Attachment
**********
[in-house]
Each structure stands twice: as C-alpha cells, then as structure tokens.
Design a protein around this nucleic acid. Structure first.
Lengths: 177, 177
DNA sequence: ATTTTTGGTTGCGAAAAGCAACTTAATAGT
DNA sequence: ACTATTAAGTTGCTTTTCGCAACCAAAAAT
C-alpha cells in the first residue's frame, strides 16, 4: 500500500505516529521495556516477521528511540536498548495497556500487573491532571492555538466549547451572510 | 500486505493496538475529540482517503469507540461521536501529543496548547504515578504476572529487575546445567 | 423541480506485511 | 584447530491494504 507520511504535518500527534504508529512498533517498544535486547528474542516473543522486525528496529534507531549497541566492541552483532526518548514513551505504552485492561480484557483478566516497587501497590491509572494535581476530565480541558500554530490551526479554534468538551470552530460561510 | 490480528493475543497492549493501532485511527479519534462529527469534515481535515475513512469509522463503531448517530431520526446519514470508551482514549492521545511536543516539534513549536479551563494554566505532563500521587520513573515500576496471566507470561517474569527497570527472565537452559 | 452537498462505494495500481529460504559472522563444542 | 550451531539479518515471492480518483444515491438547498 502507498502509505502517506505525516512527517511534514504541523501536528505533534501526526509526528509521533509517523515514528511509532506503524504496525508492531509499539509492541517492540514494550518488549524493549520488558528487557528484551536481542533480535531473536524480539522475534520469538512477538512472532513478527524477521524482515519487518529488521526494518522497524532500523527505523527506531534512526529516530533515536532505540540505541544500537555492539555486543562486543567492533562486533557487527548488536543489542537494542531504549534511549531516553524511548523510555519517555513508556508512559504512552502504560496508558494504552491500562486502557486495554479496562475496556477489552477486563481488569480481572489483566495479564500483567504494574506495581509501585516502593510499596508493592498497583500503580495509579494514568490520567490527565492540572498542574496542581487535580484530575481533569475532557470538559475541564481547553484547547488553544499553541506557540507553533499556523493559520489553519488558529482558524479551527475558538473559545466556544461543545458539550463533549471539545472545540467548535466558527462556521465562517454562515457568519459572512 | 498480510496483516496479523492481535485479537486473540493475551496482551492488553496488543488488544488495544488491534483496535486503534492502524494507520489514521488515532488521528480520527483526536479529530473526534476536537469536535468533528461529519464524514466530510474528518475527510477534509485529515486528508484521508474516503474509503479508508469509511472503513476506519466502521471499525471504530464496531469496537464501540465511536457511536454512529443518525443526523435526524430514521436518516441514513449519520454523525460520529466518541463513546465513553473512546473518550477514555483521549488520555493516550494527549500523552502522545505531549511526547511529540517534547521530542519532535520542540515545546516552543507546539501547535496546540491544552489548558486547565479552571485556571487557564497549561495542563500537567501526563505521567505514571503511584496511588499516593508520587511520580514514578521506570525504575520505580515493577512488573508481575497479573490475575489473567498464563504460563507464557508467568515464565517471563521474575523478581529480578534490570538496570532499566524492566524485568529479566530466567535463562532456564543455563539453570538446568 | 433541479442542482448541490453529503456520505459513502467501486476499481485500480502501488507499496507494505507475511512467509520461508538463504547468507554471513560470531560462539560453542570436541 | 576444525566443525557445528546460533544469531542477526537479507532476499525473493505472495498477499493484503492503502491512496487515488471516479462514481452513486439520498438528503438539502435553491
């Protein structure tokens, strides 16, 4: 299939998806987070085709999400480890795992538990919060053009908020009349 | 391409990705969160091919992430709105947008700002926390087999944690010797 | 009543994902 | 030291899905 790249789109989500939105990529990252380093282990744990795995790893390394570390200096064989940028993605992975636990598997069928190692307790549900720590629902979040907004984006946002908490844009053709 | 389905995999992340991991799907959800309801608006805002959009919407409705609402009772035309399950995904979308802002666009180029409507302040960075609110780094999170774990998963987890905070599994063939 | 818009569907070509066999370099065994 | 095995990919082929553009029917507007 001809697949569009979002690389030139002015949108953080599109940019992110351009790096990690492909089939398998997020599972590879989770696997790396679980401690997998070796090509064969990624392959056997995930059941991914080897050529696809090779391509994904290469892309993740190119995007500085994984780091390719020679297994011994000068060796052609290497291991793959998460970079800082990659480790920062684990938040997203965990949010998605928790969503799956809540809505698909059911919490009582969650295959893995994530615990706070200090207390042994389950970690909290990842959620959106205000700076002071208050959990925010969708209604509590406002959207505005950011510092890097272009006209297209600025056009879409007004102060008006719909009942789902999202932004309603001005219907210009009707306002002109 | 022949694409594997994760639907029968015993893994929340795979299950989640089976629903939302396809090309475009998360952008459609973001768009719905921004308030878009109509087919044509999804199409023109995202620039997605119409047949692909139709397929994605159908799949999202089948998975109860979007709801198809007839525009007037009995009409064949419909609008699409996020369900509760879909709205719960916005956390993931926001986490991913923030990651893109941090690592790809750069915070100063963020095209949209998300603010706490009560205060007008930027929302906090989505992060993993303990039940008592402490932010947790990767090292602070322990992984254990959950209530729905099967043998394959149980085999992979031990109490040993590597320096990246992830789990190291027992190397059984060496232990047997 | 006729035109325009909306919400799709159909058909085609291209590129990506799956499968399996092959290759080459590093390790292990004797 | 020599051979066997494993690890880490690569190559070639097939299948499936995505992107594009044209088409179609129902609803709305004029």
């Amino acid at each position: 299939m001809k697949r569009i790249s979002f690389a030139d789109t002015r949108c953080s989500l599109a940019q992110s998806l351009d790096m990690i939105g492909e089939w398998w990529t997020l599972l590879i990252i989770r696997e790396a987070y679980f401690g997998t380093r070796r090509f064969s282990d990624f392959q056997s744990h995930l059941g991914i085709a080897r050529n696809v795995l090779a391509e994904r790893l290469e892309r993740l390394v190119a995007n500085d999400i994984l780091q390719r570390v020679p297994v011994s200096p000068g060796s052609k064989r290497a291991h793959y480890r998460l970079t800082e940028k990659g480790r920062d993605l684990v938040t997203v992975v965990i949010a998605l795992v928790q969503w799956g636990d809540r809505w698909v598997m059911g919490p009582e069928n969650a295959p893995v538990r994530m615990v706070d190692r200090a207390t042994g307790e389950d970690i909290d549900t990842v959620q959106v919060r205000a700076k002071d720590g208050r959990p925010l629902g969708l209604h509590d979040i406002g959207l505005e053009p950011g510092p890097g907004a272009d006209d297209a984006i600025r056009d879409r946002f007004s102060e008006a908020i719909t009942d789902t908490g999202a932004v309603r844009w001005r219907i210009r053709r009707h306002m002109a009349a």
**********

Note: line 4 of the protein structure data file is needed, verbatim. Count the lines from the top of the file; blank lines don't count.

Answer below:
Lengths: 177, 177